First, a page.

Imagine Austin Indicators

The indicators attributed to Imagine Austin have yielded complex and dynamic results. Over the last five years, out of 41 total indicators: 17 show improvement, 11 show little to no change, 12 show movement in the wrong direction, and one indicator lacks sufficient data to support conclusive results. The overarching themes emerging from the indicator results over the past five years show relatively positive or improving results for environmental health, community health, and economic vibrancy and relative worsening of conditions for affordability and mobility. However, within many indicators, we show consistent inequities along racial, ethnic, and socio-economic lines.

Top Trends

The following groupings of the indicators may not include all indicator results, but merely a selection for summarization purposes. Note that the "better" or "worse" classification used here is relative to the indicator's relationship with the goals and objectives of the Imagine Austin comprehensive plan and may not be considered "better" or "worse" in other contexts. Please view the complete analysis in the priority program stories for more information and context about the indicators.
Development Pattern
Austin has continued to sprawl over the past five years, increasing in total developed land area by nearly 30 square miles. Our annual rate of expansion has slowed slightly from 1.59% in 2012 to 1.27% in 2016.
We have successfully directed a majority of new growth into the Imagine Austin activity centers and corridors since 2012, but the percent of new development within those growth areas has declined from 2012 highs.

Wrong Direction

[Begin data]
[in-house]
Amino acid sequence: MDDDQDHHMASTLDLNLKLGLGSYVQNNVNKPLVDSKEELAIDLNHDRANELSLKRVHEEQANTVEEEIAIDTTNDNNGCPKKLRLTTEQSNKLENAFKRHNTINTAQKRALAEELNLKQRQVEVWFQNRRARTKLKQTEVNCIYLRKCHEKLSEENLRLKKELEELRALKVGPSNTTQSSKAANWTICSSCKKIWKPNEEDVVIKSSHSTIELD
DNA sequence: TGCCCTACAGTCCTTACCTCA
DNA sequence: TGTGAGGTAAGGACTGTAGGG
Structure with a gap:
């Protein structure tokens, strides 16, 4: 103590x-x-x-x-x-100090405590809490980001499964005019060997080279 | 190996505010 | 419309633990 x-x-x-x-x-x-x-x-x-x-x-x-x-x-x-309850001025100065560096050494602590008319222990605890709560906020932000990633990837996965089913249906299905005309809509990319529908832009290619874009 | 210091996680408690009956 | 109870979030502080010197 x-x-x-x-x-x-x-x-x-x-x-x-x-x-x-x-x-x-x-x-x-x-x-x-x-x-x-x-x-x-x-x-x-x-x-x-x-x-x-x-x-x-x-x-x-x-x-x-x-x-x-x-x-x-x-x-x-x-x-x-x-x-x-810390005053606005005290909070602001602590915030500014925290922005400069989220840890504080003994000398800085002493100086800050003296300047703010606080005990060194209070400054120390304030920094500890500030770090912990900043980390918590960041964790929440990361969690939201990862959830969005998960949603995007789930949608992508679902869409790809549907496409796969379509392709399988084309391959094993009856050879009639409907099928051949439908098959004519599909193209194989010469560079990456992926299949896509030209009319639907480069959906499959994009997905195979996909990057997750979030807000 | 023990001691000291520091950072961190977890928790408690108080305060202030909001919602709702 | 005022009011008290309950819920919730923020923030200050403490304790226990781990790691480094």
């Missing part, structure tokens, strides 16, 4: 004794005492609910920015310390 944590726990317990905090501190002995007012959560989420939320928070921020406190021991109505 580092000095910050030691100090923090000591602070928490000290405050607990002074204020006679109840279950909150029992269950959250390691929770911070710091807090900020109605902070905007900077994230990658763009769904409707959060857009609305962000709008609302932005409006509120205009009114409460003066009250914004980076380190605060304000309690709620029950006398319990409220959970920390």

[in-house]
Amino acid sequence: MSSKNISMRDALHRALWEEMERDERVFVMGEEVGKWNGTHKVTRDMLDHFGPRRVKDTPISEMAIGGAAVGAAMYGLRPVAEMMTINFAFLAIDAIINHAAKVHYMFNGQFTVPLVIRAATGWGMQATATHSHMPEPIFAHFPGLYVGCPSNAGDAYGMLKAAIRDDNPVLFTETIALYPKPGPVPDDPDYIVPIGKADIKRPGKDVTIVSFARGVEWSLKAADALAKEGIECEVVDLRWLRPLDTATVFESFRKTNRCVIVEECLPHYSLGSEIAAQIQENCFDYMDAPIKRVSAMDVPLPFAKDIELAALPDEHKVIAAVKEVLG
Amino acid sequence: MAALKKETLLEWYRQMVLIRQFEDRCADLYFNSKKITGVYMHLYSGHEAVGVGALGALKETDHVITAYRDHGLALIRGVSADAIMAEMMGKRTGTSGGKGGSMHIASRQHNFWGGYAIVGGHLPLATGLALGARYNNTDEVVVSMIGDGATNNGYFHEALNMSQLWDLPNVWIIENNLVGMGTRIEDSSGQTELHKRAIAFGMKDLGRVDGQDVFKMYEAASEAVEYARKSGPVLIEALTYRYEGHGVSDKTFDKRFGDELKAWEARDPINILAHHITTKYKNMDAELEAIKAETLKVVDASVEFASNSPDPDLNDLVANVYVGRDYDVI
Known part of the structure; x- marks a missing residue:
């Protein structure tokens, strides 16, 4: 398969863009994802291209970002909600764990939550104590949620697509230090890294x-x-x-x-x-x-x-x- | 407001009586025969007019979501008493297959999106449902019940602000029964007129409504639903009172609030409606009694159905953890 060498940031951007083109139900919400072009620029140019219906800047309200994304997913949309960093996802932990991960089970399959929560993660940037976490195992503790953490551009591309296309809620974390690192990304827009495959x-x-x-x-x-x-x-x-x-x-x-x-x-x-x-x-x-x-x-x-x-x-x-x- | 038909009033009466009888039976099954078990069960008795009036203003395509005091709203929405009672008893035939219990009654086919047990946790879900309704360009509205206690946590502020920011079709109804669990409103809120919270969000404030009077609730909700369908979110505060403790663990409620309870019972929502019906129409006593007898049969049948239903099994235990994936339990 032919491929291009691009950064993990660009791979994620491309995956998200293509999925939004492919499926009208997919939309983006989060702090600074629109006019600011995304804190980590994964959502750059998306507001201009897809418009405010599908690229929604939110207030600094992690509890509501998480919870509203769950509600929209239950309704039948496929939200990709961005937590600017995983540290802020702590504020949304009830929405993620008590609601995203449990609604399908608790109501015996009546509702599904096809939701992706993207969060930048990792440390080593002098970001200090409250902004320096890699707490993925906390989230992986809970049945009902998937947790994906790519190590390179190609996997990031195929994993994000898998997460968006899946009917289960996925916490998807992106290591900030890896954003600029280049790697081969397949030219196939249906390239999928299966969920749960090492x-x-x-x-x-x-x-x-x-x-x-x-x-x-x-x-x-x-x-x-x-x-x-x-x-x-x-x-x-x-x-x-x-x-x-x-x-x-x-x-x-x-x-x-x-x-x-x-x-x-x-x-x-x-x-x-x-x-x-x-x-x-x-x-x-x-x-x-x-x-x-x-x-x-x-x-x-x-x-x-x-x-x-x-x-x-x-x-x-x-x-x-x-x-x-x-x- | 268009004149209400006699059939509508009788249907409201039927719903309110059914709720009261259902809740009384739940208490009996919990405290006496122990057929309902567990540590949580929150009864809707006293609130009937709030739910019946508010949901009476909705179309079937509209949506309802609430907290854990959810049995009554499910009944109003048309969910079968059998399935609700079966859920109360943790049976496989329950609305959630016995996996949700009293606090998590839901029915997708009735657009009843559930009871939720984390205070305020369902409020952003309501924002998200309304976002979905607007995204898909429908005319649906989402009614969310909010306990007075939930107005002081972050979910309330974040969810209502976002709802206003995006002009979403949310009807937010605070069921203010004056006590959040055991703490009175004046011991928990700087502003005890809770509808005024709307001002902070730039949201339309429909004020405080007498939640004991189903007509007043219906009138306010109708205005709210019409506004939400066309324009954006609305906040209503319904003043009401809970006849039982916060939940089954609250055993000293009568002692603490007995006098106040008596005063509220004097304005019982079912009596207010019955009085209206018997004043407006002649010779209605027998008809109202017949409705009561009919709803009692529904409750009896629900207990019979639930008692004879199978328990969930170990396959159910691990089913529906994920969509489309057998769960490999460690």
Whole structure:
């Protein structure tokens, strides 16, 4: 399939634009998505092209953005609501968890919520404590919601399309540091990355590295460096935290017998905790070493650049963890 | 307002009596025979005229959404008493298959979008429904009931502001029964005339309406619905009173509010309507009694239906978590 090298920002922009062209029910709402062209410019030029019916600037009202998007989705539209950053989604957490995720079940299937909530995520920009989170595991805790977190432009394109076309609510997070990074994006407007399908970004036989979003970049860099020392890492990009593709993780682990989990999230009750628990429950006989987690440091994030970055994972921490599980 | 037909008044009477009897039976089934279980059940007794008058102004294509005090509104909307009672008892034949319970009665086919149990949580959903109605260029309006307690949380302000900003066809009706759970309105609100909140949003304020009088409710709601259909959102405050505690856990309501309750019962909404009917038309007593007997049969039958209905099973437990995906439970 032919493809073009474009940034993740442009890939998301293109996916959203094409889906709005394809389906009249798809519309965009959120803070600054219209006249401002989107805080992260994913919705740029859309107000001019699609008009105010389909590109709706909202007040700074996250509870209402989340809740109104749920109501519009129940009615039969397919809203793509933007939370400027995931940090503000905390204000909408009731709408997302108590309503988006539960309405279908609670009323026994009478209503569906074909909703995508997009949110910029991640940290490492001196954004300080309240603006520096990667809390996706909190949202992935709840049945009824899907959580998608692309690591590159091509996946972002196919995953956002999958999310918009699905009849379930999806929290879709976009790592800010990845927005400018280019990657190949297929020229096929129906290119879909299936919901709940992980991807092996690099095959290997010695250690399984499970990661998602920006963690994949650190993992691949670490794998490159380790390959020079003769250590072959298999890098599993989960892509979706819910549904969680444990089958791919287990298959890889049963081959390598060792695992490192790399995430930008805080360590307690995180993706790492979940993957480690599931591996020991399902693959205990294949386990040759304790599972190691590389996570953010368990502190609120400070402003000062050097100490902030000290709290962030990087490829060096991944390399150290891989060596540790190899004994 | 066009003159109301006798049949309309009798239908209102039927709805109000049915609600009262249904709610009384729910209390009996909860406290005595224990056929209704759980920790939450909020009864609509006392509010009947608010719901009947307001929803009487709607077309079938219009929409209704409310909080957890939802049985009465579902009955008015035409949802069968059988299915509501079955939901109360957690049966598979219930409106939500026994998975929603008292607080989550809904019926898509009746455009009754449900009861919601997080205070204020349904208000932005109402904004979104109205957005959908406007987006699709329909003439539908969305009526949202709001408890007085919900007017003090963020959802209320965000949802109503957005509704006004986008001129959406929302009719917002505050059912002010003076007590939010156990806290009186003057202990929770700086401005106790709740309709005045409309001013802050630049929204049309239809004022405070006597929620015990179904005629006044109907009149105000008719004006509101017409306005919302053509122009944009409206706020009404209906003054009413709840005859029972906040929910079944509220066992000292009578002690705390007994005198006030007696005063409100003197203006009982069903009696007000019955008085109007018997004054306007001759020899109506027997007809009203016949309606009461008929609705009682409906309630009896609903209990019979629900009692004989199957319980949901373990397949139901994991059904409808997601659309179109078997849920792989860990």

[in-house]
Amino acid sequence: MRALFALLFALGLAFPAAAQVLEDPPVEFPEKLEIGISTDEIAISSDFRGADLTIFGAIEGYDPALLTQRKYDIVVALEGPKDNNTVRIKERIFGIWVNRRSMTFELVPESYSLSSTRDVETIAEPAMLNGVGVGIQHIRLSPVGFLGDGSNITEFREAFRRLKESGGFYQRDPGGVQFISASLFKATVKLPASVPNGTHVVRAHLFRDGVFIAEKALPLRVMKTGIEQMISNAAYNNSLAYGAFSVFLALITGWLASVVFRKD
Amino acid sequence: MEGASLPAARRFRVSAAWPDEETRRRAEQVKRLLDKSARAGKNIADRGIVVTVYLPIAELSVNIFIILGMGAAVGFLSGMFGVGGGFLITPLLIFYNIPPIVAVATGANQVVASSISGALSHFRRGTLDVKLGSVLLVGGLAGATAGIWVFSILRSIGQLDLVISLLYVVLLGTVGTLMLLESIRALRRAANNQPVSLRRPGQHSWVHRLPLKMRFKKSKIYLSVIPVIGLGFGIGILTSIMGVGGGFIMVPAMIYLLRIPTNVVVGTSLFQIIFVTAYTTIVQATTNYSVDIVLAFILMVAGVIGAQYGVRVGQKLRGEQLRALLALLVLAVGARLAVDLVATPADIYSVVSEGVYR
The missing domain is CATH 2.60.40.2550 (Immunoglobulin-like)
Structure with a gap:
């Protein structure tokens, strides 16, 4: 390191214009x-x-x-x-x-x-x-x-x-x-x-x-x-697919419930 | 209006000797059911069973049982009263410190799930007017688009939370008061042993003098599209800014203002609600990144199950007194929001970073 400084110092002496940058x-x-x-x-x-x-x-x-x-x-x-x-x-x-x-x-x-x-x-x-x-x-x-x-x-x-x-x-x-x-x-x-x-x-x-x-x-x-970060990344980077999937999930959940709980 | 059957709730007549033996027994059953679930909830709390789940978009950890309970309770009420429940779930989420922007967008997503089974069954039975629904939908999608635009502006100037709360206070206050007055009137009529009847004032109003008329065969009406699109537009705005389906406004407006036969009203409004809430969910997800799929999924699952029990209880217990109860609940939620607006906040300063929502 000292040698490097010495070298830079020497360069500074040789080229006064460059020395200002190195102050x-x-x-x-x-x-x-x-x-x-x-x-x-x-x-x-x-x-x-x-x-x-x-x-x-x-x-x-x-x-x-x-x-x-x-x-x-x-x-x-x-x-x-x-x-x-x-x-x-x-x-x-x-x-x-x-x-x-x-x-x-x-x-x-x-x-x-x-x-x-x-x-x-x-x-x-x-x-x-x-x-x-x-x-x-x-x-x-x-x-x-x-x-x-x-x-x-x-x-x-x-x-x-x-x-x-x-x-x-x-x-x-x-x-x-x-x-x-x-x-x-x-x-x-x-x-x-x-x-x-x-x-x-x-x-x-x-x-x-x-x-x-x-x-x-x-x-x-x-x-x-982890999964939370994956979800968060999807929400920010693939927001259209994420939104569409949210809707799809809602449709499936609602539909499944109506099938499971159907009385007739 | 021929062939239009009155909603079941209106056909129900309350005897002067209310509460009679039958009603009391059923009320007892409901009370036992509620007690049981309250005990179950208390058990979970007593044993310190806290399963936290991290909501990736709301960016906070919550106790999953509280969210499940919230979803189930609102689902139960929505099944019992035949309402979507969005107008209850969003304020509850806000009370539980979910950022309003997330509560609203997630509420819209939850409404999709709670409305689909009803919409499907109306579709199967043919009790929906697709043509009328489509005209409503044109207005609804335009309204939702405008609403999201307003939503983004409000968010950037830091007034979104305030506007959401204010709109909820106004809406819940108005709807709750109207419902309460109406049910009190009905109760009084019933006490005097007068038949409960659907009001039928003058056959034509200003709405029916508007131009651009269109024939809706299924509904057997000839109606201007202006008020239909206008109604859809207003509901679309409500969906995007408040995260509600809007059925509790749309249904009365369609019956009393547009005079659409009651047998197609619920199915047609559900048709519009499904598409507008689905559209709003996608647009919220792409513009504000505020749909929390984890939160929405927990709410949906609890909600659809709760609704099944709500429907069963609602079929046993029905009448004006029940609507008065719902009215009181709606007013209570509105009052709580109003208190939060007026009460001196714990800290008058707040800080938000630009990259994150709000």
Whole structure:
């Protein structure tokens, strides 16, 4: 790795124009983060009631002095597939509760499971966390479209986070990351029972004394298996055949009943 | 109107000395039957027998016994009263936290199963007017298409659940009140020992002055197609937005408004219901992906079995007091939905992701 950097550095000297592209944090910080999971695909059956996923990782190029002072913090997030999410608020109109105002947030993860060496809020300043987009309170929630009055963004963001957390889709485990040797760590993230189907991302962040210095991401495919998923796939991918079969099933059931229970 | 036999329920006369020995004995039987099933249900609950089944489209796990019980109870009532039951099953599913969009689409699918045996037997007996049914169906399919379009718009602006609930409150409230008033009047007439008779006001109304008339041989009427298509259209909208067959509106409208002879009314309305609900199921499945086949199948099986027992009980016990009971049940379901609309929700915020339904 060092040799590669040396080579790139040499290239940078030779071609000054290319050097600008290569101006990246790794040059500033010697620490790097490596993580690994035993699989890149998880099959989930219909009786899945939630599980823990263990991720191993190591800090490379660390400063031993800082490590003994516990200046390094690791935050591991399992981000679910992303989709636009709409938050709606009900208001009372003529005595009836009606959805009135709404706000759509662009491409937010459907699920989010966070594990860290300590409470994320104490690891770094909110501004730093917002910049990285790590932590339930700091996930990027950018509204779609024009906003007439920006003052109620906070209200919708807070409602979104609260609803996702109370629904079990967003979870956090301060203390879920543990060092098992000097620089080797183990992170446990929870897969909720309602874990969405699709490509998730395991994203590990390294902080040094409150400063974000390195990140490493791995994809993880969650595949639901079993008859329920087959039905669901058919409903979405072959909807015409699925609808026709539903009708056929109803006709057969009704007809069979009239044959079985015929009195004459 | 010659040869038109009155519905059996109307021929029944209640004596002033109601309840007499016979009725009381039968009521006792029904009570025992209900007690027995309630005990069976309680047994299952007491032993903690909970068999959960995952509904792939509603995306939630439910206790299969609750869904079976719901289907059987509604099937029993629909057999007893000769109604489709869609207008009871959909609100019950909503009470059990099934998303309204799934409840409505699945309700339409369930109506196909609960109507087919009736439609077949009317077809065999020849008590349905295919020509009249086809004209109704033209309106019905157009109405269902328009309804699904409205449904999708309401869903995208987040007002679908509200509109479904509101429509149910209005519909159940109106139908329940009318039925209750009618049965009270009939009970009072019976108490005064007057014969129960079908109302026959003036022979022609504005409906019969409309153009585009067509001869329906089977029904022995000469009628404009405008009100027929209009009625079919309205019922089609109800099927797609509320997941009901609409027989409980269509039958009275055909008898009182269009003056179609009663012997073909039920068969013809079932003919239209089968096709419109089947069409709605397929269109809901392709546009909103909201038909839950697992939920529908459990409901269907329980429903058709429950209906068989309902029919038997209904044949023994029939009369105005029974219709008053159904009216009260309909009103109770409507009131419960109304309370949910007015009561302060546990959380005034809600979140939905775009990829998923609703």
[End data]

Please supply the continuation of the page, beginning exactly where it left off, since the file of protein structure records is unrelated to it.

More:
• developed land area
  • percent of new residential units within the centers and corridors
  • percent of new non-residential growth within the centers and corridors

Mobility + Connectivity
Population growth and reliance on cars are at the heart of the mobility-related indicator results. Vehicle miles traveled per capita have slowly increased and transportation system delay has steadily risen year over year while alternative commuting transportation options (transit, biking, and walking) have experienced an overall decline.
The City of Austin continues to increase the percentage of street frontage in the city with sidewalks and makes consistent progress in expanding bicycle lanes. Citywide intersection density remains relatively low overall though slowly growing, but localized intersection densities show significant variation throughout the city.
We're Improving
  • percentage of street frontage with sidewalks
  • bicycle lane miles and percentage of streets

We Haven't Changed
  • intersection density

Wrong Direction
  • annual unlinked transit passenger trips
  • vehicle miles traveled per capita
  • percentage of trips by biking and walking
  • transportation system total annual delay